SAN ANTONIO — Spurs forward Kawhi Leonard made his return Monday, as the team hosted the Atlanta Hawks at the AT&T Center, after spending four days going through the NBA’s concussion protocol.
The outlook for power forward LaMarcus Aldridge, however, remains uncertain after he underwent a battery of medical tests Monday, after experiencing an episode of minor heart arrhythmia over the weekend.
“We’re just gonna wait until he comes back and assess everything,” Spurs coach Gregg Popovich said regarding Aldridge. “I think he’ll be back either tomorrow morning or tonight — I don’t know which.”
In other injury news, point guards Tony Parker (back) and Dejounte Murray (groin) remained out.
Despite the uncertainty regarding Aldridge’s immediate future, the Spurs received some positive news in Leonard’s quick procession through the league’s concussion protocol. Leonard attended the team’s shootaround Monday morning at the Spurs’ practice facility. The forward emerged from the locker room for pregame warm-ups just minutes before Popovich held his pregame news conference.
Leonard and Aldridge sat out of San Antonio’s pivotal win Saturday over the Golden State Warriors.
Leonard suffered the injury Thursday in the Spurs’ loss to the Oklahoma City Thunder.
Leonard suffered a blow to the left side of his head by Victor Oladipo as the Thunder guard flailed his arms after losing the ball on a drive to the basket.
Leonard connected on a pair of free throws at the 2:29 mark of the third quarter in that game before walking off the court to the locker room with a trainer, only to never return to the floor. The club originally anticipated that Leonard would not go into the NBA’s concussion protocol but changed course after performing additional evaluations.
Leonard’s injury came during a contest that a few Spurs described as “chippy” due to the physicality between the teams.
As for Aldridge, the power forward wasn’t at the team’s facility during morning shootaround or at the AT&T Center for Monday’s game, as he was completing a series of medical tests.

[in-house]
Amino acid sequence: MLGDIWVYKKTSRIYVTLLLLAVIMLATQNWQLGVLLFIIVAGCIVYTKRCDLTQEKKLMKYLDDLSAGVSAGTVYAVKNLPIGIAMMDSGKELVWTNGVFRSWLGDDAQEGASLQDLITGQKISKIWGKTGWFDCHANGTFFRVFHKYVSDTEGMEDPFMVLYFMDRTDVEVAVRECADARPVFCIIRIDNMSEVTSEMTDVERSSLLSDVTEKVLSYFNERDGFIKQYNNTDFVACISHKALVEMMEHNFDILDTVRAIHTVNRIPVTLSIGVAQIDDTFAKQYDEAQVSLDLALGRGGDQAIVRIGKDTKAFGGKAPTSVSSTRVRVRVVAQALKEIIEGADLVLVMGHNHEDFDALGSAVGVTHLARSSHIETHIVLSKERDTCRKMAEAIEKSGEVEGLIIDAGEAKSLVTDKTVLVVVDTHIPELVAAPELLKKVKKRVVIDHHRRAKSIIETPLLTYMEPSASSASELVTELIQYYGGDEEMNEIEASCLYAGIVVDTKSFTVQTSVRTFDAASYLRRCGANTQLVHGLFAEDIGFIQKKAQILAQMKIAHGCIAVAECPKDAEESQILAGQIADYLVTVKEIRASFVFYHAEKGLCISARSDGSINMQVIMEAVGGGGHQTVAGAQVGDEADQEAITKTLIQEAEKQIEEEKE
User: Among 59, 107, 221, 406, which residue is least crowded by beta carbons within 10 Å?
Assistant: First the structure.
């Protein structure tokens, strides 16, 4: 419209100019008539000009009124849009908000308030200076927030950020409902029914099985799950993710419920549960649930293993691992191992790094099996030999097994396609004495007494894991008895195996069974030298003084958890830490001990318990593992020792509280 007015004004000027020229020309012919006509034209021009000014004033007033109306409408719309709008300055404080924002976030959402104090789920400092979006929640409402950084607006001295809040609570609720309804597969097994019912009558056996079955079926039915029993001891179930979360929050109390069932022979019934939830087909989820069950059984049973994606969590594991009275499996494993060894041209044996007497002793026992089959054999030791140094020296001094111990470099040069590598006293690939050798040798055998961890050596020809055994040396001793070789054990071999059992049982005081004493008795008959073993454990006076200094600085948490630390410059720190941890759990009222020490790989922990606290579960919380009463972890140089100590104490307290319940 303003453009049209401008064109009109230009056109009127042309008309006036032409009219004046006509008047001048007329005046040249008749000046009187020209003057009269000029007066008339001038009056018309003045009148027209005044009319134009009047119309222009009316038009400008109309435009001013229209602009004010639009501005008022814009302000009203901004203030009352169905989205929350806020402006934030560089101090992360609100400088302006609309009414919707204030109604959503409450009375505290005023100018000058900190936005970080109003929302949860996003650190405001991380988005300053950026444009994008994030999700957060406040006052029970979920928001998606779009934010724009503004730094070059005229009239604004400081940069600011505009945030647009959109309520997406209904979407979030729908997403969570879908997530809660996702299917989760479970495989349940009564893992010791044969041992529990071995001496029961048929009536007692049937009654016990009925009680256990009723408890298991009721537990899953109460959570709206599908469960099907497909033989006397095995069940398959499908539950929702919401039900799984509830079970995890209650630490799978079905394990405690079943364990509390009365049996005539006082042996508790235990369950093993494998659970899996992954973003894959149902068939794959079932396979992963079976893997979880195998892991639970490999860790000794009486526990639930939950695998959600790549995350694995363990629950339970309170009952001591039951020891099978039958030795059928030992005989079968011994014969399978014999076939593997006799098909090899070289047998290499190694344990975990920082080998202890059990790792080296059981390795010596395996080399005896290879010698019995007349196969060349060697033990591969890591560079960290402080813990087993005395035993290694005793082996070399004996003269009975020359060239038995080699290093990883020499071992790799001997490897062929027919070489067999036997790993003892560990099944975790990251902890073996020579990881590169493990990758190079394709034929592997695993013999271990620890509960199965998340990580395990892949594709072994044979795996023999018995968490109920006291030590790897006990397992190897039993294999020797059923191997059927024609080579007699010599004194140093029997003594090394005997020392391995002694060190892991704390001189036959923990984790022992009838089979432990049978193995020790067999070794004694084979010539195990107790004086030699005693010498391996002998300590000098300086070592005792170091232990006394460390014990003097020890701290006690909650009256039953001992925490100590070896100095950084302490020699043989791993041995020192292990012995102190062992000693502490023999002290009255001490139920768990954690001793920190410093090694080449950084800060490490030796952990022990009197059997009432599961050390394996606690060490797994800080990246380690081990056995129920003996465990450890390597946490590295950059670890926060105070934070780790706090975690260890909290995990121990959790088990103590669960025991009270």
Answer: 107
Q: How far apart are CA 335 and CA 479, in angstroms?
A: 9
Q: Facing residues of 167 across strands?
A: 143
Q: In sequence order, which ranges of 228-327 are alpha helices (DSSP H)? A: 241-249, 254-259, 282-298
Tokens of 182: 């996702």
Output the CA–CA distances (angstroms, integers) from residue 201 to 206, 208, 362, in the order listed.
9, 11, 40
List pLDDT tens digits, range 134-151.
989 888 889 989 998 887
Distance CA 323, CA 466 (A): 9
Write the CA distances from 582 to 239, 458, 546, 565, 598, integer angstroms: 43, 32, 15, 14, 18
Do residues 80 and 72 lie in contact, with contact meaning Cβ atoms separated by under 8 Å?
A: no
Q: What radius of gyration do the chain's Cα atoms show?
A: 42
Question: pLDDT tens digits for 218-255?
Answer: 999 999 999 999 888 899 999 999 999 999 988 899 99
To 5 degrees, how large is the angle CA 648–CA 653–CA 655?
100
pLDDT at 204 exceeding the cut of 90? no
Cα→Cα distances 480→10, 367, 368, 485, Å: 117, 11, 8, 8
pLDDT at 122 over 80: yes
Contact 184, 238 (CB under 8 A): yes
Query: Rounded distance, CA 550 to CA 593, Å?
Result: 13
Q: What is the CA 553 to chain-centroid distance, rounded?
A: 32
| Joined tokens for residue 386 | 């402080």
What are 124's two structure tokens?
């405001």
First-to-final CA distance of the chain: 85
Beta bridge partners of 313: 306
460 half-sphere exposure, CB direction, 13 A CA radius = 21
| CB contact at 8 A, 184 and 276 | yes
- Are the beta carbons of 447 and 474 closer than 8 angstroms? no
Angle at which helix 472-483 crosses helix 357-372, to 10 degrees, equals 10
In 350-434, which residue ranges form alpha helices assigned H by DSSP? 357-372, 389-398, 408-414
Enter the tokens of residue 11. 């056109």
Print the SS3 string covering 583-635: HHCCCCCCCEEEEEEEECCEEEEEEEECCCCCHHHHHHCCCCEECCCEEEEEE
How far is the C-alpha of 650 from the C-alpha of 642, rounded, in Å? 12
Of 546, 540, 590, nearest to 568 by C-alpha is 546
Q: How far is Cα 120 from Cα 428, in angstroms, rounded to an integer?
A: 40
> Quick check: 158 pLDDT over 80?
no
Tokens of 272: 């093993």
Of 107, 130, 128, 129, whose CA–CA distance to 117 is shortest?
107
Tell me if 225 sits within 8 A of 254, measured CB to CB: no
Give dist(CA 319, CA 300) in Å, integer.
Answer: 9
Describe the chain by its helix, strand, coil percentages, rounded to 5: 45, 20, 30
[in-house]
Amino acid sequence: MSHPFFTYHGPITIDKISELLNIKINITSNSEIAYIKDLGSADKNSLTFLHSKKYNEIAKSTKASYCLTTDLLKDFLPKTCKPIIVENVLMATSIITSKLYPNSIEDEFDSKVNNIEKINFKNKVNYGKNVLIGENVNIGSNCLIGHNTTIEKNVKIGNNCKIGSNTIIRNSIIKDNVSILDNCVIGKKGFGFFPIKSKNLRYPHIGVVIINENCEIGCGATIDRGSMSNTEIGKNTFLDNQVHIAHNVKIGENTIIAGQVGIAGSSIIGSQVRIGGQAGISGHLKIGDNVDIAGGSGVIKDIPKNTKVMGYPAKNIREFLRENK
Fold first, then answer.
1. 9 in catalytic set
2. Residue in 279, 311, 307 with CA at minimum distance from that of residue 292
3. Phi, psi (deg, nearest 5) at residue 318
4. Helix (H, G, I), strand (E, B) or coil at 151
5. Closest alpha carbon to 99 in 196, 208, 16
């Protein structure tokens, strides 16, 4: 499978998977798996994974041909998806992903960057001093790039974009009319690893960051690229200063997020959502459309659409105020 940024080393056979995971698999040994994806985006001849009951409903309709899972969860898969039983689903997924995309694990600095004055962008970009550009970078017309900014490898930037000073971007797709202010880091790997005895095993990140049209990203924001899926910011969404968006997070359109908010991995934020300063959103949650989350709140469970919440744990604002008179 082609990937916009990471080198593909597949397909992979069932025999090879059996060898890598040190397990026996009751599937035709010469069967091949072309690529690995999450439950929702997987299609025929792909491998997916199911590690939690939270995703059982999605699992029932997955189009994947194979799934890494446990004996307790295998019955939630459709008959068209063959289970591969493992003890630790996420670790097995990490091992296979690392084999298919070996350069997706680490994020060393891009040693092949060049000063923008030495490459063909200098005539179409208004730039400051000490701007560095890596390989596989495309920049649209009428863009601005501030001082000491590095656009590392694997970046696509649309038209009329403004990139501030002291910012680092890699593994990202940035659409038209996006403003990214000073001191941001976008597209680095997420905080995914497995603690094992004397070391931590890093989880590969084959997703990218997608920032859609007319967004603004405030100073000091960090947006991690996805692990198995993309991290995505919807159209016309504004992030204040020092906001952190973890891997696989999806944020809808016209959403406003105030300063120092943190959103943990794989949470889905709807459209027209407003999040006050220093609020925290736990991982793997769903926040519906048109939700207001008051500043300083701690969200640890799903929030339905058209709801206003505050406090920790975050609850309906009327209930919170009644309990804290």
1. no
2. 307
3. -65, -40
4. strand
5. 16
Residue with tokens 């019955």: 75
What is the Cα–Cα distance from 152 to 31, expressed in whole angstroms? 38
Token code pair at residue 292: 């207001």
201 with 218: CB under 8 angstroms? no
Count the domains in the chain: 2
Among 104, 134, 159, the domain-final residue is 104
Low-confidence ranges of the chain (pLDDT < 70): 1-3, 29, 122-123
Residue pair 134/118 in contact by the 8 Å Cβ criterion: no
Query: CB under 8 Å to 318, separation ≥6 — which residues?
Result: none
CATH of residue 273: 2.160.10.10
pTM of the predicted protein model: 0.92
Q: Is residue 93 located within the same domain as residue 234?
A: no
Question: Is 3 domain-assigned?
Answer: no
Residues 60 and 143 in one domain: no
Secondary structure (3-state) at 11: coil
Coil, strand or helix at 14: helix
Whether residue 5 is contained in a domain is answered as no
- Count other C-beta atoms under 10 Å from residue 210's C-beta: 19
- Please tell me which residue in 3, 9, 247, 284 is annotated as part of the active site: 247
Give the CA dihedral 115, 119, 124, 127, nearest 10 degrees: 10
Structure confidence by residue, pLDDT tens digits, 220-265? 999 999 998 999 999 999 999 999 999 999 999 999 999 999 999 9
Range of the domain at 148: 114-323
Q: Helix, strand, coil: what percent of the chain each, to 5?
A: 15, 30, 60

Popovich said Saturday that Aldridge complained of “feeling odd” after Thursday’s loss at Oklahoma City.
“We just don’t know the extent of LaMarcus’s health and situation,” Spurs center Pau Gasol said Monday morning. “I guess we’ll take it one game at a time, and we’ll all just try to adjust from there. Hopefully, he’ll be back with us soon and at full strength and full health, which is the most important.”
As a rookie in 2007, the 6-foot-11, 260-pound Aldridge received a diagnosis of Wolff-Parkinson-White syndrome, which is an abnormality of the heart’s electrical system that can cause an abnormal heartbeat and dizziness.
Aldridge sat out the final nine games of that season with the Portland Trail Blazers after undergoing a minor procedure to correct the issue. Aldridge experienced a recurrence of the condition at the start of the 2011-12 season after it was discovered during a preseason checkup with a cardiologist — which he has had every year since he was diagnosed with WPW — and underwent a radiofrequency catheter ablation. That’s the same treatment Aldridge received in 2007 after he was diagnosed with WPW.
Still, Aldridge was able to return to action just 10 days later for a preseason outing against the Utah Jazz.
“He’s a great player,” Spurs reserve David Lee said. “He’s one of our cornerstones right now, a guy that gets a lot of isos in the post and can do a lot of things for us and demand double-teams and things like that. So we’re definitely going to have to do it by committee. But I think that it’s something that we’re gonna be capable of doing. It’s gonna take every one of our big stepping up and Coach being a little creative with the rotations.”